Since more and more Chinese villages are deserted and peasants are becoming city residents, will Chinese traditional culture disappear?
Justin McCandless, Programmer and traveler
In the US, many people young and old live in the country in small towns and are very proud of that fact. You could offer them a wall street penthouse and they wouldn"t take it.
In China, I got the feeling that there was less of this sentiment right now, and people were overly attracted to the promise of the booming cities. Even in the countryside, I saw several tiny agricultural villages with a big new apartment building being built right next door to old brick courtyards, in what seemed like an out of place attempt to imitate the city.
When this gold rush to the big cities has died off a bit, I think that some people will be attracted to a more traditional lifestyle over continuing the metropolitan rat race. Yes culture is always changing, but I think that from here, there can only be more people interested in living China's traditional rural lifestyle, not less.
As a disclaimer, these are the impressions of an American that worked in Beijing briefly and made the occasional excursion into the countryside, which is barely enough experience to make a guess at a big question like this. I'd love to hear the opinion of anyone else with exposure to this kind of shift in China or elsewhere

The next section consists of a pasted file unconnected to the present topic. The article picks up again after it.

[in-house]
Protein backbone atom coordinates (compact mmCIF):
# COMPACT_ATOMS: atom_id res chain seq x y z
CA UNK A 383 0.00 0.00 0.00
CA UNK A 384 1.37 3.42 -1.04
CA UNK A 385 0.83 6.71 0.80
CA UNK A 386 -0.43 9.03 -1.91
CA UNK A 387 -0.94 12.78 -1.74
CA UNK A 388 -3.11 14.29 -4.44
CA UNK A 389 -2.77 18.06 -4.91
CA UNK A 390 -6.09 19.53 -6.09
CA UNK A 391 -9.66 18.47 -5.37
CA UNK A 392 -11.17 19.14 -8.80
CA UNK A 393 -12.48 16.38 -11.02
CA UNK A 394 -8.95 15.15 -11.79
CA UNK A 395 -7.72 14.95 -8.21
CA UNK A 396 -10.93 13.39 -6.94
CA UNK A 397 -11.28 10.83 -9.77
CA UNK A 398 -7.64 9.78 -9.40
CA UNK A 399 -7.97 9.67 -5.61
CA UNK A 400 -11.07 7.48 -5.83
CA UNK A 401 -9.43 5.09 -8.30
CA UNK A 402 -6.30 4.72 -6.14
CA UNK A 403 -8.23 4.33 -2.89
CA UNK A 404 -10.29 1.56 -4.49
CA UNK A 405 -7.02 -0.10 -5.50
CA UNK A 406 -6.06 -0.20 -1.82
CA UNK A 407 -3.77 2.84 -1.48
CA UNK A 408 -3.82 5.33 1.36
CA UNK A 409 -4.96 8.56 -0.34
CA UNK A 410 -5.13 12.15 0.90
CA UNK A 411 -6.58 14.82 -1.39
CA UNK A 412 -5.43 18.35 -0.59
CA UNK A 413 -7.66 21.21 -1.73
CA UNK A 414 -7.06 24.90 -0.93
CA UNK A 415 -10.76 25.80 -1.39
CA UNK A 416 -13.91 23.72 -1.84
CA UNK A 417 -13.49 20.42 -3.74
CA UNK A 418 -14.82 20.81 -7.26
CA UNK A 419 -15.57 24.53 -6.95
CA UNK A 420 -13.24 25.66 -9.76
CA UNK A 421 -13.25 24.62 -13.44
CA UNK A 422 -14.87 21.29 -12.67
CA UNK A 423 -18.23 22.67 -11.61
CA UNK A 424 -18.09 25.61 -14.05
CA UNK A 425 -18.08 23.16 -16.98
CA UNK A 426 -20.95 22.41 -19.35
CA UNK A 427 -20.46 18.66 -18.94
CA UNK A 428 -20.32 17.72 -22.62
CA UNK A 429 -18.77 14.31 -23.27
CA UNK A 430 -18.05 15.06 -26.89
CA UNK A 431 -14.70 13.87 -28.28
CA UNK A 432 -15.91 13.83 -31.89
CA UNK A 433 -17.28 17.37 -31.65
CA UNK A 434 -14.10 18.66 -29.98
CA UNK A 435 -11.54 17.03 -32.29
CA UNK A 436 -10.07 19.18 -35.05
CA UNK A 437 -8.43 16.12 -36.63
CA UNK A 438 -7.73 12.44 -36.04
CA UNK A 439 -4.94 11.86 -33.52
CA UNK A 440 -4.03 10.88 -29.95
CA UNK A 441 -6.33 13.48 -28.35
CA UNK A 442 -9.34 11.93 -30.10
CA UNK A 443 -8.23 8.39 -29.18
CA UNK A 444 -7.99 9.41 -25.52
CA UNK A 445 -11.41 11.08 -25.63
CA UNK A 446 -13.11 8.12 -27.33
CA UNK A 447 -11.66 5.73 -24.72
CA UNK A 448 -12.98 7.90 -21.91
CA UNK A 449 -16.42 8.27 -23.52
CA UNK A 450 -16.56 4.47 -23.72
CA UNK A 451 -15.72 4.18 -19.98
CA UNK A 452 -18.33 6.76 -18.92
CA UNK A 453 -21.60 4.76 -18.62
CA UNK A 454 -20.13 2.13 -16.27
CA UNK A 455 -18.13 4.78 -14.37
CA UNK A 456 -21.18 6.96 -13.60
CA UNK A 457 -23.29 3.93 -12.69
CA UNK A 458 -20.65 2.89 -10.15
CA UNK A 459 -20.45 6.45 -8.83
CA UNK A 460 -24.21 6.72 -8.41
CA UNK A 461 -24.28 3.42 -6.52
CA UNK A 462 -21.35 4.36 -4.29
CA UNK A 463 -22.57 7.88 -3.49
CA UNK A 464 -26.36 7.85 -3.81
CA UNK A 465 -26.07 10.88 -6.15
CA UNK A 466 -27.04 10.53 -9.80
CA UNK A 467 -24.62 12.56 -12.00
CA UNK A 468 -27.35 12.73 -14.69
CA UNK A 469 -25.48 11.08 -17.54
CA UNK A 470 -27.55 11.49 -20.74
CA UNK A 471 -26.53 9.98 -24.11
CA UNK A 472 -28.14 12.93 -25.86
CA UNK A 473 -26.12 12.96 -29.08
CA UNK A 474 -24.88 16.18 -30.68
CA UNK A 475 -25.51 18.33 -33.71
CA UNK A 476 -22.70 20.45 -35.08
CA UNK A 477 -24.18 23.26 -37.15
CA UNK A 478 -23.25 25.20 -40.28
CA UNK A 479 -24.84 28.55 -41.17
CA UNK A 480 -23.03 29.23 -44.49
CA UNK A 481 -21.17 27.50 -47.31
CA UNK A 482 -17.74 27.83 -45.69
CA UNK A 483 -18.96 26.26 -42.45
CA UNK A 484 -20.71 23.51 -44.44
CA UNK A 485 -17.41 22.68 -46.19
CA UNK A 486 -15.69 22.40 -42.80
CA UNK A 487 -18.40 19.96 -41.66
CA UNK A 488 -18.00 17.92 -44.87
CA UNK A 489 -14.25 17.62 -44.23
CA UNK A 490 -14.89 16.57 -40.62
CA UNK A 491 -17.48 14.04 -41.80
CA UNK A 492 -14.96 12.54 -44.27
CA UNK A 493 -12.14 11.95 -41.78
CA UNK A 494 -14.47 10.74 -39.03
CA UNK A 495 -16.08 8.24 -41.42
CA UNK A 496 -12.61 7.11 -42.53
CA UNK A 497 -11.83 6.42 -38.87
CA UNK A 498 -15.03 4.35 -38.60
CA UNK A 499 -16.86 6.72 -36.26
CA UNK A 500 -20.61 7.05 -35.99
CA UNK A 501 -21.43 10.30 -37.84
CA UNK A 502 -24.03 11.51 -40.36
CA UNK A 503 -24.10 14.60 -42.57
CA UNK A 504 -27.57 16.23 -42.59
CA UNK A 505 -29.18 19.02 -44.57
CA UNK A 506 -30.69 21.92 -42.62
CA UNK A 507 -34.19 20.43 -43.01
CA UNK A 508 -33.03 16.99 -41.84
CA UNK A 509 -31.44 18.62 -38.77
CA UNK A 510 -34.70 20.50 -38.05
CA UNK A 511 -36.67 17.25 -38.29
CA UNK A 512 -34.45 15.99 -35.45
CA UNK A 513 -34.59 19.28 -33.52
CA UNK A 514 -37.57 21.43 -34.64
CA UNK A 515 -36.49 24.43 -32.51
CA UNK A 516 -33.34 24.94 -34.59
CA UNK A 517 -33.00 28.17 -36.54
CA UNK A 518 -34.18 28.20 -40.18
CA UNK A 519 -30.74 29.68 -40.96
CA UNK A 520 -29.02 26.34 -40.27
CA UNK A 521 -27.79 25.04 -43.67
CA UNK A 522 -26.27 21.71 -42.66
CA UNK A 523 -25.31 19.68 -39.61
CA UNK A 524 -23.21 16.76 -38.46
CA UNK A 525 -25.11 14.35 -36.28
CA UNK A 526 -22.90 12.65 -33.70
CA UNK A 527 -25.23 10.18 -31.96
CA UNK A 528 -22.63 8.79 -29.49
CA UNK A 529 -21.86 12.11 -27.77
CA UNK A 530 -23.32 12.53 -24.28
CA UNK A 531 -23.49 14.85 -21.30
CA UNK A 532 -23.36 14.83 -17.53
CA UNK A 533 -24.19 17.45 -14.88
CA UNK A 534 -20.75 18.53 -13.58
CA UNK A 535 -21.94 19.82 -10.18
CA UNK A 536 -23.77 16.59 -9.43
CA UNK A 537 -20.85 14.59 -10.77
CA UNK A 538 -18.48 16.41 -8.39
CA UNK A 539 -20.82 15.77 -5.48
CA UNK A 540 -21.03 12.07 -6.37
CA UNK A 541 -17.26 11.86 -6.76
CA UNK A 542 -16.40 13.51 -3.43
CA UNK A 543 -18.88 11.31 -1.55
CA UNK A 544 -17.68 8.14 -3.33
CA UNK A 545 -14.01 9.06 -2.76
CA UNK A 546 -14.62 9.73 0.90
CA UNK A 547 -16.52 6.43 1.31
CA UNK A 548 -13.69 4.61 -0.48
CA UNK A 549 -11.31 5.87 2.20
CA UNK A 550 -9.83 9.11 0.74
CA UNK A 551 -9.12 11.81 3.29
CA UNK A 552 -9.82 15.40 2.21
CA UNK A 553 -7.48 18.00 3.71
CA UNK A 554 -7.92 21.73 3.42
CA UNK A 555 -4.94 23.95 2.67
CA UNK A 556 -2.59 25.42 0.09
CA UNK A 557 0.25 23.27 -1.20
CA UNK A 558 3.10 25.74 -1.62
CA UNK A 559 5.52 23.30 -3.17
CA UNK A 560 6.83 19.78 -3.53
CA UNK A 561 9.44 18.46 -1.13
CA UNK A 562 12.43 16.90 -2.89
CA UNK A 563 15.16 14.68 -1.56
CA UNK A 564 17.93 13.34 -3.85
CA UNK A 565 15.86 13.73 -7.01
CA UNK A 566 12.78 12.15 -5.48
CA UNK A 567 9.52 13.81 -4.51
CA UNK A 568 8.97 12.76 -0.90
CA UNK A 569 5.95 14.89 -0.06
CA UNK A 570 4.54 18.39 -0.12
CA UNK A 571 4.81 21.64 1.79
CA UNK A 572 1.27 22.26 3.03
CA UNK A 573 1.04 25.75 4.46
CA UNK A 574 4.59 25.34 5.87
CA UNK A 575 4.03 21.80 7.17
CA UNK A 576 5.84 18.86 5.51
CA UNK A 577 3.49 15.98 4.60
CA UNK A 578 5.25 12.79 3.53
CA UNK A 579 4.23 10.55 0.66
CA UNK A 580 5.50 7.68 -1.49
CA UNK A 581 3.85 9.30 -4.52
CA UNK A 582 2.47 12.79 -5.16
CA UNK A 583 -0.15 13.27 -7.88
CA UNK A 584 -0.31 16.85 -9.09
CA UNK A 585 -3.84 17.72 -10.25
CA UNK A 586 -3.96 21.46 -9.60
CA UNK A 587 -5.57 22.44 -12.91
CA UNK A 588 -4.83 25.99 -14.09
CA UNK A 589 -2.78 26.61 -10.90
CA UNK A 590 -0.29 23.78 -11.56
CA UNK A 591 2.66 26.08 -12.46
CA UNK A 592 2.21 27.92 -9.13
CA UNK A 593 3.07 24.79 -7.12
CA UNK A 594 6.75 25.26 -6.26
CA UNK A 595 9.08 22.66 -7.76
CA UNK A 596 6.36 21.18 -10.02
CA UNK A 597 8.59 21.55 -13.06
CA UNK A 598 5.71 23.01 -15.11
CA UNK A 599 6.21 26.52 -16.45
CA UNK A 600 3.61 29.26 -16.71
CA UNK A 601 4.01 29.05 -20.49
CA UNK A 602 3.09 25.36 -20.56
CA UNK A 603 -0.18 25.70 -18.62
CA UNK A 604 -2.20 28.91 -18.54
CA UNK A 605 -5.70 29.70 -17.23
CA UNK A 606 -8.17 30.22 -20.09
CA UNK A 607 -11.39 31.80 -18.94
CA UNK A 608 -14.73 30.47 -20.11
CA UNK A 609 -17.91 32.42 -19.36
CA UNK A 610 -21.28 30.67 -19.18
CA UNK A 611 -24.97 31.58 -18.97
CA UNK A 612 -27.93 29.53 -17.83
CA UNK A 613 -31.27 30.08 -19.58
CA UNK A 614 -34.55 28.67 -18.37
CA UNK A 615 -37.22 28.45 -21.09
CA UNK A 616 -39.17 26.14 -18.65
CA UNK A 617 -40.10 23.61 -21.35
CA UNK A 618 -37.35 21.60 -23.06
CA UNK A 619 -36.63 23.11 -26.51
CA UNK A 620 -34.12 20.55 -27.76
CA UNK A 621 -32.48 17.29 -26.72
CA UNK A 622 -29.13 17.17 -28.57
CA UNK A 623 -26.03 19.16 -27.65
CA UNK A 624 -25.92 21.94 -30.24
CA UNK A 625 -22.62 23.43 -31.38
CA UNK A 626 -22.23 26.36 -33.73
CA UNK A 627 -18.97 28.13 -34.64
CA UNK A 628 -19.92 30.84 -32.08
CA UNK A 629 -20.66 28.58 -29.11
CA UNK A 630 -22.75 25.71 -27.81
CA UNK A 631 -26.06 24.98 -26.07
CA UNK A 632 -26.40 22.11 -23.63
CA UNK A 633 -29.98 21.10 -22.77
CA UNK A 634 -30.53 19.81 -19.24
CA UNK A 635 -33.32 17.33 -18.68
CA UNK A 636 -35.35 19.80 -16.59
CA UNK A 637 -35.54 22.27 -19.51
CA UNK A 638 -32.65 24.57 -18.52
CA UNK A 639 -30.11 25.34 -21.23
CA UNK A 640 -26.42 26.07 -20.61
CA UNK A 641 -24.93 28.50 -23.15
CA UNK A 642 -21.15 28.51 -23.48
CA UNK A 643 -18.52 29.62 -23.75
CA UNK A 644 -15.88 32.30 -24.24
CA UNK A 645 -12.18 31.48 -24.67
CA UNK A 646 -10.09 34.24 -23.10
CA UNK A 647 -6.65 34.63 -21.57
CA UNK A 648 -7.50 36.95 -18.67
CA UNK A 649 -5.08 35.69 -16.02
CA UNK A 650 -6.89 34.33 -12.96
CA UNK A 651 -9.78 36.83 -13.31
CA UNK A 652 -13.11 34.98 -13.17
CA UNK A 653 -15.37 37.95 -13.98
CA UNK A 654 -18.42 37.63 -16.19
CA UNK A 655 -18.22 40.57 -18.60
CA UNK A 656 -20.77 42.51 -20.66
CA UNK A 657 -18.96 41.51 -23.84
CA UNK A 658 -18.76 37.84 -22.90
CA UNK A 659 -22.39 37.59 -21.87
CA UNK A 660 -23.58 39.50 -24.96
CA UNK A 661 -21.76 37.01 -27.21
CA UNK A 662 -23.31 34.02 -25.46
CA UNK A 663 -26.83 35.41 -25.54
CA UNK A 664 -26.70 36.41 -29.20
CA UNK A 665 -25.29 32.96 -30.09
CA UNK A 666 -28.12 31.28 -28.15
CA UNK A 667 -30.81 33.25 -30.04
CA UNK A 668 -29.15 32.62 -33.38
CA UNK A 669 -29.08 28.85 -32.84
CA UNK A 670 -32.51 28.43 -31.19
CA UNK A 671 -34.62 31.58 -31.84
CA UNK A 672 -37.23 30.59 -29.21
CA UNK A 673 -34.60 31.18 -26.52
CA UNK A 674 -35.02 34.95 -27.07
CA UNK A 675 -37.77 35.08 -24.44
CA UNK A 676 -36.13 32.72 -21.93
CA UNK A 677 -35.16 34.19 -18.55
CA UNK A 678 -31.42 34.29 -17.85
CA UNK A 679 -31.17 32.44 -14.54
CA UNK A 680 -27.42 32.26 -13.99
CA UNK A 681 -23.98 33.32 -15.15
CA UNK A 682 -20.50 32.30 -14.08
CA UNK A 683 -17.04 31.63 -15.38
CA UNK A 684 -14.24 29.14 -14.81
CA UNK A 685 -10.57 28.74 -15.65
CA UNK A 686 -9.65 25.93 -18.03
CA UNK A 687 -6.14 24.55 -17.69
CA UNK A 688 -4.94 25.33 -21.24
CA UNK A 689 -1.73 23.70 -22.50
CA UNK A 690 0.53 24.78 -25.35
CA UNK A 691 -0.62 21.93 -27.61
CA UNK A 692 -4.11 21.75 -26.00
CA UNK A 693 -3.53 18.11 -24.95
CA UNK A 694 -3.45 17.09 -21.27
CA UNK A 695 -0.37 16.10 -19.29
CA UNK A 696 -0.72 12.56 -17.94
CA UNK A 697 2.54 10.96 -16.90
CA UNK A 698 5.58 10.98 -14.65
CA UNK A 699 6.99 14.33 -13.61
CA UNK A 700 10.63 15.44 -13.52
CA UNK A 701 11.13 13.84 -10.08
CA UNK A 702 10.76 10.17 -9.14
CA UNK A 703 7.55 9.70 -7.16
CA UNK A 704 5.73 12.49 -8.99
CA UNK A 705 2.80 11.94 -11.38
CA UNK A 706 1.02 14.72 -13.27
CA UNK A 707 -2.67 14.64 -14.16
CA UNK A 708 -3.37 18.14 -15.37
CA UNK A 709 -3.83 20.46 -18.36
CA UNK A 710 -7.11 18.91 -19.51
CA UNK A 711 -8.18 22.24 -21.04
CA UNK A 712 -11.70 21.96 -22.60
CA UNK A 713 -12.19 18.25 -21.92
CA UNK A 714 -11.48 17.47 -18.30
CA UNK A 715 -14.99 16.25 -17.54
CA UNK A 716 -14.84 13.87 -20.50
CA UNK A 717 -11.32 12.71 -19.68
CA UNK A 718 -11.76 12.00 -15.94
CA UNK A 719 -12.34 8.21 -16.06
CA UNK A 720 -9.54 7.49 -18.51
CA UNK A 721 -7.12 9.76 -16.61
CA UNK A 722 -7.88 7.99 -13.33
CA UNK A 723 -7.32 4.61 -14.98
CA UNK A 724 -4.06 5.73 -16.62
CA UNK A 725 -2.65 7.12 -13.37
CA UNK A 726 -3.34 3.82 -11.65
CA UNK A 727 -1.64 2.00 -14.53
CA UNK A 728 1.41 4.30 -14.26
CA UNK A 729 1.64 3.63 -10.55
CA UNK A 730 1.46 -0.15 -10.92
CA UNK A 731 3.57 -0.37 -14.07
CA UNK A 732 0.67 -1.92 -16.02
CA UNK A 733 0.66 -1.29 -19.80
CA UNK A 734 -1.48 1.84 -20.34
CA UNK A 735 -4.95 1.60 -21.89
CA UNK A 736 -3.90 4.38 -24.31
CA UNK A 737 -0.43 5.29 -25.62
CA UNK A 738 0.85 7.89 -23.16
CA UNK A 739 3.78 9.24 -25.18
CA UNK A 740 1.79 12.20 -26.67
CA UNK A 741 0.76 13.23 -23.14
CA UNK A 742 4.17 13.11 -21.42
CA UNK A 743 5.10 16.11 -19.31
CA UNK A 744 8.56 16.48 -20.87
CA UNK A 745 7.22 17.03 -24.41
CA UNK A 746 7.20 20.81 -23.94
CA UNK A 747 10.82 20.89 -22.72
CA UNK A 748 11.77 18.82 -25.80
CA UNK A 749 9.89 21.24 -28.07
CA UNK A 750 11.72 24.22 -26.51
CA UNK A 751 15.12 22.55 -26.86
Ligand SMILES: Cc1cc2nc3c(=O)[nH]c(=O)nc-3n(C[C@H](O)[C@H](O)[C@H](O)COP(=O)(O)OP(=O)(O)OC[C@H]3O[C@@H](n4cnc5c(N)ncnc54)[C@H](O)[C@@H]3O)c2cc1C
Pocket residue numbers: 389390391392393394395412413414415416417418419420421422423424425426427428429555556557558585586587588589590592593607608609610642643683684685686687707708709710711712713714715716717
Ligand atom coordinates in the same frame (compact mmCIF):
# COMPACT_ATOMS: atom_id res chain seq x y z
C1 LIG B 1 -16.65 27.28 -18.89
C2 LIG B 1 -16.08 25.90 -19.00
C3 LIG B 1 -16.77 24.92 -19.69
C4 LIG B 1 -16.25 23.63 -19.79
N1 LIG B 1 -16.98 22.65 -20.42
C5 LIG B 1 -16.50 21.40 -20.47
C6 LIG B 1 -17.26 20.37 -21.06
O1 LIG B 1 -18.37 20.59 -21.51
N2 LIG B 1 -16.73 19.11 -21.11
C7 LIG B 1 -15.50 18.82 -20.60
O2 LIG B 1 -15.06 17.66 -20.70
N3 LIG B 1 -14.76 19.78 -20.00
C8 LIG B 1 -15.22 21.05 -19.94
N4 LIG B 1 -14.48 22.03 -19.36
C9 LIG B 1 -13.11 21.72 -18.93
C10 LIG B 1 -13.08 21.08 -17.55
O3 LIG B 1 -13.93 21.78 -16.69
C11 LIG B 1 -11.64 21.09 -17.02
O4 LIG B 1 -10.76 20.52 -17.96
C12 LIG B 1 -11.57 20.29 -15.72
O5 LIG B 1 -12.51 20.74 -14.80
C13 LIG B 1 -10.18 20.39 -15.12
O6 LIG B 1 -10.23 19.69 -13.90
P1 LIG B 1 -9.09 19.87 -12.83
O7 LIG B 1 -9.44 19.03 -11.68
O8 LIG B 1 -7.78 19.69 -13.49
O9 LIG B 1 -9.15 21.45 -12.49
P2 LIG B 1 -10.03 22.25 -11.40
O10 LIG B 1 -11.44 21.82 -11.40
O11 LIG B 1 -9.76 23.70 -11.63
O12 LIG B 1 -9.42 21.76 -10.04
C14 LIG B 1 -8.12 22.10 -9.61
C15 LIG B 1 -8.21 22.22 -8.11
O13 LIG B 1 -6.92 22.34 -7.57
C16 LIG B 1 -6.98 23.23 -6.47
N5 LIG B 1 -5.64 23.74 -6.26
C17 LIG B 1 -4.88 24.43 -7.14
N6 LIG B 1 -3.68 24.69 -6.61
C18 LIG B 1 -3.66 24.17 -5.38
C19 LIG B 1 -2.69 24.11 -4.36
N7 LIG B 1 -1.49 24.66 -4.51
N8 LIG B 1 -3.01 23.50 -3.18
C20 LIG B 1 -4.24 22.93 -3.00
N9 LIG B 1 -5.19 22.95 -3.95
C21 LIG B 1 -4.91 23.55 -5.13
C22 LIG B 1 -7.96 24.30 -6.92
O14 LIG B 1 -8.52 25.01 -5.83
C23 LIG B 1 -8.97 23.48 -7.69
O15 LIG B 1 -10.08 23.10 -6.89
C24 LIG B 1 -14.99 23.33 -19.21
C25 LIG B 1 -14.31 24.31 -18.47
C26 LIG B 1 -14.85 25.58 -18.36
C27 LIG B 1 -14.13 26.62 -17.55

Patricia Collins, Very diverse interests and academic background
Any culture changes as the environment changes and as the people in the culture migrate. In China there have been go nments that have required their citizens to change their cultural ways (rapidly; not evolutionarily).
Similarly in the U.S., Native Americans were forced to change many of their cultural traditions and are now working hard to restore them. This has meant finding artifacts that help them learn their native language, a language they were forbidden to speak for 3-4 generations. They are also relearning their cultural foods, dress, and dances. But few Native Americans would deny that their traditional culture has nearly "disappeared"-- as they are stuck on barren reservations with extremely high unemployment and limited ability to carry out their traditional ways of food gathering and, in some cases, migrating. They have cell phones, high-def television, and WiFi.
What rural Chinese cultures (there have to be many, given the size of the country!) almost surely cannot retain all the traditional ways, they have the advantage of being able to write down the revered elements of their culture and their "ways" of living. This would do a lot to keep those cultures from disappearing soon. And some young people will want to return to a rural, traditional Chinese culture. The key will be weather than can bring a kind of work that makes an adequate income without spoiling the rural cultural region.
Nancy Parker, former Retired Small Business Owner
I doubt it will disappear, but it will change. Look at the nomads in Mongolia--the famous horseback riders. Or indigenous people in South America. The only constant is change-said by somebody whose name I don't remember.
Swagato Barman Roy
Maybe. A lot of traditional cultures are waning across the globe as it becomes more homogenised. And cities are melting pots of cultures, ethnicities where some aspects of some culture thrive, some others disappear. It may make some people happy, some people sad.
But I hardly see that as a cause of serious concern